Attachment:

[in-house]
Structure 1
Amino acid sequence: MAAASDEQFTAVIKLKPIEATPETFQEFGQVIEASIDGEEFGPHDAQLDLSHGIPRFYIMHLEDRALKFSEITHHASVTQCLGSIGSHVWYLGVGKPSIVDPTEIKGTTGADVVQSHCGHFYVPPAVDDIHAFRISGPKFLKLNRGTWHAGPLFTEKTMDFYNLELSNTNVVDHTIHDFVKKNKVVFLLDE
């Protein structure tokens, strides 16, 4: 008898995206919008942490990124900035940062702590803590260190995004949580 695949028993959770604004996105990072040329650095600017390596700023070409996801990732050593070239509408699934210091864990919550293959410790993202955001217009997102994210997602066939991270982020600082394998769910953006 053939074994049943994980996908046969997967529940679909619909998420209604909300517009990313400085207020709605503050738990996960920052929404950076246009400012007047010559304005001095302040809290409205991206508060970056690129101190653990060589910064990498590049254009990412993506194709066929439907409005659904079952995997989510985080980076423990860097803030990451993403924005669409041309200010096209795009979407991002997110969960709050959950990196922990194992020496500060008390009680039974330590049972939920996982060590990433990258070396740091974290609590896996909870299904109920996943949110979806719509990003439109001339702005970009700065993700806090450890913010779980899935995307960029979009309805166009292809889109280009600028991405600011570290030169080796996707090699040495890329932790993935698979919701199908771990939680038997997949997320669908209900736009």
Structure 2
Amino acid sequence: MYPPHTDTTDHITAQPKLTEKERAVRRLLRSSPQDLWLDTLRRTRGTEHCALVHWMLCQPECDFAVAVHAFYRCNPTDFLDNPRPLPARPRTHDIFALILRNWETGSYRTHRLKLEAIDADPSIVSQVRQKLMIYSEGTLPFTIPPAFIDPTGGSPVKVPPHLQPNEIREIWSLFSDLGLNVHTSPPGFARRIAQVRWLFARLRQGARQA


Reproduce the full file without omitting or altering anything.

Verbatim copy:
[in-house]
Structure 1
Amino acid sequence: MAAASDEQFTAVIKLKPIEATPETFQEFGQVIEASIDGEEFGPHDAQLDLSHGIPRFYIMHLEDRALKFSEITHHASVTQCLGSIGSHVWYLGVGKPSIVDPTEIKGTTGADVVQSHCGHFYVPPAVDDIHAFRISGPKFLKLNRGTWHAGPLFTEKTMDFYNLELSNTNVVDHTIHDFVKKNKVVFLLDE
């Protein structure tokens, strides 16, 4: 008898995206919008942490990124900035940062702590803590260190995004949580 695949028993959770604004996105990072040329650095600017390596700023070409996801990732050593070239509408699934210091864990919550293959410790993202955001217009997102994210997602066939991270982020600082394998769910953006 053939074994049943994980996908046969997967529940679909619909998420209604909300517009990313400085207020709605503050738990996960920052929404950076246009400012007047010559304005001095302040809290409205991206508060970056690129101190653990060589910064990498590049254009990412993506194709066929439907409005659904079952995997989510985080980076423990860097803030990451993403924005669409041309200010096209795009979407991002997110969960709050959950990196922990194992020496500060008390009680039974330590049972939920996982060590990433990258070396740091974290609590896996909870299904109920996943949110979806719509990003439109001339702005970009700065993700806090450890913010779980899935995307960029979009309805166009292809889109280009600028991405600011570290030169080796996707090699040495890329932790993935698979919701199908771990939680038997997949997320669908209900736009």
Structure 2
Amino acid sequence: MYPPHTDTTDHITAQPKLTEKERAVRRLLRSSPQDLWLDTLRRTRGTEHCALVHWMLCQPECDFAVAVHAFYRCNPTDFLDNPRPLPARPRTHDIFALILRNWETGSYRTHRLKLEAIDADPSIVSQVRQKLMIYSEGTLPFTIPPAFIDPTGGSPVKVPPHLQPNEIREIWSLFSDLGLNVHTSPPGFARRIAQVRWLFARLRQGARQA